Radio & Broadcasting Achievements of Roy Ward Dickson

Roy moved on from advertising in Vancouver to working at the Toronto Star. At that time, commercial radio programming, paid for by advertisers, was a relatively new development in North America. Listening to the radio one night, Roy recalled the question-and-answer sessions he had used with his pupils during his brief stint as a school teacher. This led him to formulate a general knowledge quiz game for the public.

On May 15th, 1935, he began moonlighting from the Star by producing the world's first quiz show for CKCL radio. Professor Dick and his Question Box aired five times a week, at lunchtime. The half-hour shows were prepared each night at home and produced during Roy's lunch hour, after which he'd return to his advertising beat. After accumulating seven sponsors, Roy resigned from the newspaper and was never again on anyone's payroll.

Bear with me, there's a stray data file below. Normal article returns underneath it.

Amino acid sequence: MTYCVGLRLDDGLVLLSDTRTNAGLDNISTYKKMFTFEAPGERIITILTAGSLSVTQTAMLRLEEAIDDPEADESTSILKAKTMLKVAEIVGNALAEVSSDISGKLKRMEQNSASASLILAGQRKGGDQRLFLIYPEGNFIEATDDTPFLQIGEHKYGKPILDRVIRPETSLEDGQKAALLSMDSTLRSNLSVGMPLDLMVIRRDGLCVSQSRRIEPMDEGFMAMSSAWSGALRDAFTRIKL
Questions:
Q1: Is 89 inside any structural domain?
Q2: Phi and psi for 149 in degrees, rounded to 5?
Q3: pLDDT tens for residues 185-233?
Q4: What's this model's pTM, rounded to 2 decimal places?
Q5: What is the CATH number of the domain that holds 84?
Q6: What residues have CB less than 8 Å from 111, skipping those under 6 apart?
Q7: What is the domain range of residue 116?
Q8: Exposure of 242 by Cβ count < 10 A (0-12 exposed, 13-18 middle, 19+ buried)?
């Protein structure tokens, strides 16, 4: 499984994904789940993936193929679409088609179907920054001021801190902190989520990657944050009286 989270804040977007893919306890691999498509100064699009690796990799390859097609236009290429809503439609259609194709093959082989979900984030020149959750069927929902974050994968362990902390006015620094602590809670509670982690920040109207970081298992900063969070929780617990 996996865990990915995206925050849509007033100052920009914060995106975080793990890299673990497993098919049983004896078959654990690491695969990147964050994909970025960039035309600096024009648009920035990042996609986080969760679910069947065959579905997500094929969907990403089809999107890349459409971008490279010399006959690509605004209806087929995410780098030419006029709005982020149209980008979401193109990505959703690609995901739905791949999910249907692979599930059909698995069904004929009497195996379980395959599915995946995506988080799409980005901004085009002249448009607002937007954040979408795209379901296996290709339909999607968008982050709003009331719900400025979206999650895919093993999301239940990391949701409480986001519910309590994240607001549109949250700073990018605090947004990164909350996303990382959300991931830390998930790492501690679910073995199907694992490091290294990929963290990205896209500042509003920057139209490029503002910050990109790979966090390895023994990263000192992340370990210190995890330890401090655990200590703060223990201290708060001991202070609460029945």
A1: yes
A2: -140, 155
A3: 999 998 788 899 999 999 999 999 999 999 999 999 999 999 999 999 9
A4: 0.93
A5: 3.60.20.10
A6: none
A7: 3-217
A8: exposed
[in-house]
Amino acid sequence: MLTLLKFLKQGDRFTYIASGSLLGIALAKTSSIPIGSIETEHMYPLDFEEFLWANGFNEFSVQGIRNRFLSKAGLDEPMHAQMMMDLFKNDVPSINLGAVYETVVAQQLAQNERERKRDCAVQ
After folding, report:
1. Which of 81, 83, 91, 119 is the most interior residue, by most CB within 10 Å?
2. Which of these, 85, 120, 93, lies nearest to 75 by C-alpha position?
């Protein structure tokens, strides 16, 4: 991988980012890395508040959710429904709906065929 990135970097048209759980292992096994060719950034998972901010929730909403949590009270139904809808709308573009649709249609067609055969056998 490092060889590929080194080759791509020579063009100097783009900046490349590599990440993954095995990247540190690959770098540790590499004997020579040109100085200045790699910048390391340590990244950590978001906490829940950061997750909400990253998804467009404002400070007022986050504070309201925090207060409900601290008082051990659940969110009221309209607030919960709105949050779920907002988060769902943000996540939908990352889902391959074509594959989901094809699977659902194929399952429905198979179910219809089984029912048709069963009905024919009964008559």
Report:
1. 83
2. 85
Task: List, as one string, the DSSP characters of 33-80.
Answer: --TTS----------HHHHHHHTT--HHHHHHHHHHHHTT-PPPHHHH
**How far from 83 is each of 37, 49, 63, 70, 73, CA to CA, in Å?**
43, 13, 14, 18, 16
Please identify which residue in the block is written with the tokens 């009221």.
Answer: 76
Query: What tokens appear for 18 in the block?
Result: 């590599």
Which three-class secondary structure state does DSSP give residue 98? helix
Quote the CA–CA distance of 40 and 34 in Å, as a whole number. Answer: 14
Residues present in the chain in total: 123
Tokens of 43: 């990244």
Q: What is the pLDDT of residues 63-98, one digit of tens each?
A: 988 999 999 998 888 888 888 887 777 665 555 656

Within a year, Roy had invented a format for a lively radio quiz game titled The Quizz Club (1936). He pitched the broadcast of that radio show in a half-hour evening time slot once weekly through the wide coverage, and enormous popularity, of Toronto's CFRB radio station. Leaving "Dick del Valle" behind, he hit on "Roy Ward Dickson" and launched The Quizz Club to instant and phenomenal success. Roy's show aired on Saturday nights, a half-hour before Foster Hewitt's Hockey Night in Canada broadcasts — a Canadian listening "must" of the time.

By 1939, CBC (the taxpayer-subsidized crown corporation) had a tight grip on the networking monopoly and the Nazi war machine was on the roll in Europe. Ever the individualist, Roy refused to take direction from the CBC and lost his time slot, and through tightening pre-war regulations, also lost his sponsor.

With a nation now at war, Roy perceived the prime function of radio in war-time to be cheering people up. This led him to create Fun Parade, the "nonsense-packed half-hour" audience participation radio show that brought him fame and stardom and saw him criss-cross the country for the next seventeen years entertaining Canadians.

Next: the emergence of television changes everything. For more in-depth information on the life of Roy Ward Dickson, see Roy's autobiography, Take a Chance!